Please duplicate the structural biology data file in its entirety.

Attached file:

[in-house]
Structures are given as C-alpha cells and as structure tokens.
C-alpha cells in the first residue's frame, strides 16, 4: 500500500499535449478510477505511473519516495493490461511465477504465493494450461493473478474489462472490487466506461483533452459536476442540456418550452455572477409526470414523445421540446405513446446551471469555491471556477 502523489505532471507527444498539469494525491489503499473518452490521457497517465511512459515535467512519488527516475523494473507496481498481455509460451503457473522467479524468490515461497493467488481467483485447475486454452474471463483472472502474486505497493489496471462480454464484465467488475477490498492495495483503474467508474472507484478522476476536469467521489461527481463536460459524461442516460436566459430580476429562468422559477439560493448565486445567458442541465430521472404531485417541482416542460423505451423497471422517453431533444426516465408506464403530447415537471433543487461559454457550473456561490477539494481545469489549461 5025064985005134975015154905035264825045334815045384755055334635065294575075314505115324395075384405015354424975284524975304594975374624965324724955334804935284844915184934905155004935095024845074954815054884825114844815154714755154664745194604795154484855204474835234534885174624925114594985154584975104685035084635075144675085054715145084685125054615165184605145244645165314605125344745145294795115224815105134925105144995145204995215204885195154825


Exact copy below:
[in-house]
Structures are given as C-alpha cells and as structure tokens.
C-alpha cells in the first residue's frame, strides 16, 4: 500500500499535449478510477505511473519516495493490461511465477504465493494450461493473478474489462472490487466506461483533452459536476442540456418550452455572477409526470414523445421540446405513446446551471469555491471556477 502523489505532471507527444498539469494525491489503499473518452490521457497517465511512459515535467512519488527516475523494473507496481498481455509460451503457473522467479524468490515461497493467488481467483485447475486454452474471463483472472502474486505497493489496471462480454464484465467488475477490498492495495483503474467508474472507484478522476476536469467521489461527481463536460459524461442516460436566459430580476429562468422559477439560493448565486445567458442541465430521472404531485417541482416542460423505451423497471422517453431533444426516465408506464403530447415537471433543487461559454457550473456561490477539494481545469489549461 5025064985005134975015154905035264825045334815045384755055334635065294575075314505115324395075384405015354424975284524975304594975374624965324724955334804935284844915184934905155004935095024845074954815054884825114844815154714755154664745194604795154484855204474835234534885174624925114594985154584975104685035084635075144675085054715145084685125054615165184605145244645165314605125344745145294795115224815105134925105144995145204995215204885195154825